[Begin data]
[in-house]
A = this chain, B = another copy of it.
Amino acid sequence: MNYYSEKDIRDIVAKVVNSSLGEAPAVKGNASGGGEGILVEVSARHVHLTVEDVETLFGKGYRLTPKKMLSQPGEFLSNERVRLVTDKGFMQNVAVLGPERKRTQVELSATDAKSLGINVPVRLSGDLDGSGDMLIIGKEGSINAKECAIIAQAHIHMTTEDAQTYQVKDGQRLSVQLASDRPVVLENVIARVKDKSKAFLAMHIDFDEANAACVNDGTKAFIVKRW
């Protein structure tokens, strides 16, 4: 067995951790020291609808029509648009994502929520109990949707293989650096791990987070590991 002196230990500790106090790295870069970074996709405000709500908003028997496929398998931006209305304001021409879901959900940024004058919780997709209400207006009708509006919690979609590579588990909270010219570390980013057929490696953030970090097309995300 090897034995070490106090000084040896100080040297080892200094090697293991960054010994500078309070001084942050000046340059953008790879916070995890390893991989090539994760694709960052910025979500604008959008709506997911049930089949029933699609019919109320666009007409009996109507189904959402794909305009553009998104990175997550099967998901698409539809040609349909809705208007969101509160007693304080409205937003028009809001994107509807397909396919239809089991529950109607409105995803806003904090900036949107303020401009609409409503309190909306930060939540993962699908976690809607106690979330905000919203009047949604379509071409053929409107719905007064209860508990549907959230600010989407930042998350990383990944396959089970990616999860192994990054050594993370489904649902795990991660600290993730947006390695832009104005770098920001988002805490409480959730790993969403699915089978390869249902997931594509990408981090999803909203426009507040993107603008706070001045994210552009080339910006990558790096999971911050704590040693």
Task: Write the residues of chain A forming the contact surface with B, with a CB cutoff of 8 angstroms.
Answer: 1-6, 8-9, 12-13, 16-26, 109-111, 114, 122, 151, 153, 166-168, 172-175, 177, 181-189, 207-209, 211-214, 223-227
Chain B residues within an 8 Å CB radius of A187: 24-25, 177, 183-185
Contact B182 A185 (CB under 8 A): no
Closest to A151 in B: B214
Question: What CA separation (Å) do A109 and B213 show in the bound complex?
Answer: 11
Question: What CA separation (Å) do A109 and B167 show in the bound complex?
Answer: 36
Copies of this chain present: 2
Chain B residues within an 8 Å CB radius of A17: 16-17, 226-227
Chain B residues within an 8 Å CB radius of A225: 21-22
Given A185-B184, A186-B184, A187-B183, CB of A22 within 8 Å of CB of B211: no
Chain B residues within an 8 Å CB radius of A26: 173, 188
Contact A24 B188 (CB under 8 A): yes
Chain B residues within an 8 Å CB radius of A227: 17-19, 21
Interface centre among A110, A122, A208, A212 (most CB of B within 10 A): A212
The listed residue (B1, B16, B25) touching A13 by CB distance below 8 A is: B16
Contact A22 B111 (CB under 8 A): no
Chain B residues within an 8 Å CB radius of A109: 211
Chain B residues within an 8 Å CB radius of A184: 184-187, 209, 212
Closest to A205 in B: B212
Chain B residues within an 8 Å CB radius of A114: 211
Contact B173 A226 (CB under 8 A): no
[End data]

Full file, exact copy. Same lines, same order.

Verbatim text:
[in-house]
A = this chain, B = another copy of it.
Amino acid sequence: MNYYSEKDIRDIVAKVVNSSLGEAPAVKGNASGGGEGILVEVSARHVHLTVEDVETLFGKGYRLTPKKMLSQPGEFLSNERVRLVTDKGFMQNVAVLGPERKRTQVELSATDAKSLGINVPVRLSGDLDGSGDMLIIGKEGSINAKECAIIAQAHIHMTTEDAQTYQVKDGQRLSVQLASDRPVVLENVIARVKDKSKAFLAMHIDFDEANAACVNDGTKAFIVKRW
């Protein structure tokens, strides 16, 4: 067995951790020291609808029509648009994502929520109990949707293989650096791990987070590991 002196230990500790106090790295870069970074996709405000709500908003028997496929398998931006209305304001021409879901959900940024004058919780997709209400207006009708509006919690979609590579588990909270010219570390980013057929490696953030970090097309995300 090897034995070490106090000084040896100080040297080892200094090697293991960054010994500078309070001084942050000046340059953008790879916070995890390893991989090539994760694709960052910025979500604008959008709506997911049930089949029933699609019919109320666009007409009996109507189904959402794909305009553009998104990175997550099967998901698409539809040609349909809705208007969101509160007693304080409205937003028009809001994107509807397909396919239809089991529950109607409105995803806003904090900036949107303020401009609409409503309190909306930060939540993962699908976690809607106690979330905000919203009047949604379509071409053929409107719905007064209860508990549907959230600010989407930042998350990383990944396959089970990616999860192994990054050594993370489904649902795990991660600290993730947006390695832009104005770098920001988002805490409480959730790993969403699915089978390869249902997931594509990408981090999803909203426009507040993107603008706070001045994210552009080339910006990558790096999971911050704590040693």
Task: Write the residues of chain A forming the contact surface with B, with a CB cutoff of 8 angstroms.
Answer: 1-6, 8-9, 12-13, 16-26, 109-111, 114, 122, 151, 153, 166-168, 172-175, 177, 181-189, 207-209, 211-214, 223-227
Chain B residues within an 8 Å CB radius of A187: 24-25, 177, 183-185
Contact B182 A185 (CB under 8 A): no
Closest to A151 in B: B214
Question: What CA separation (Å) do A109 and B213 show in the bound complex?
Answer: 11
Question: What CA separation (Å) do A109 and B167 show in the bound complex?
Answer: 36
Copies of this chain present: 2
Chain B residues within an 8 Å CB radius of A17: 16-17, 226-227
Chain B residues within an 8 Å CB radius of A225: 21-22
Given A185-B184, A186-B184, A187-B183, CB of A22 within 8 Å of CB of B211: no
Chain B residues within an 8 Å CB radius of A26: 173, 188
Contact A24 B188 (CB under 8 A): yes
Chain B residues within an 8 Å CB radius of A227: 17-19, 21
Interface centre among A110, A122, A208, A212 (most CB of B within 10 A): A212
The listed residue (B1, B16, B25) touching A13 by CB distance below 8 A is: B16
Contact A22 B111 (CB under 8 A): no
Chain B residues within an 8 Å CB radius of A109: 211
Chain B residues within an 8 Å CB radius of A184: 184-187, 209, 212
Closest to A205 in B: B212
Chain B residues within an 8 Å CB radius of A114: 211
Contact B173 A226 (CB under 8 A): no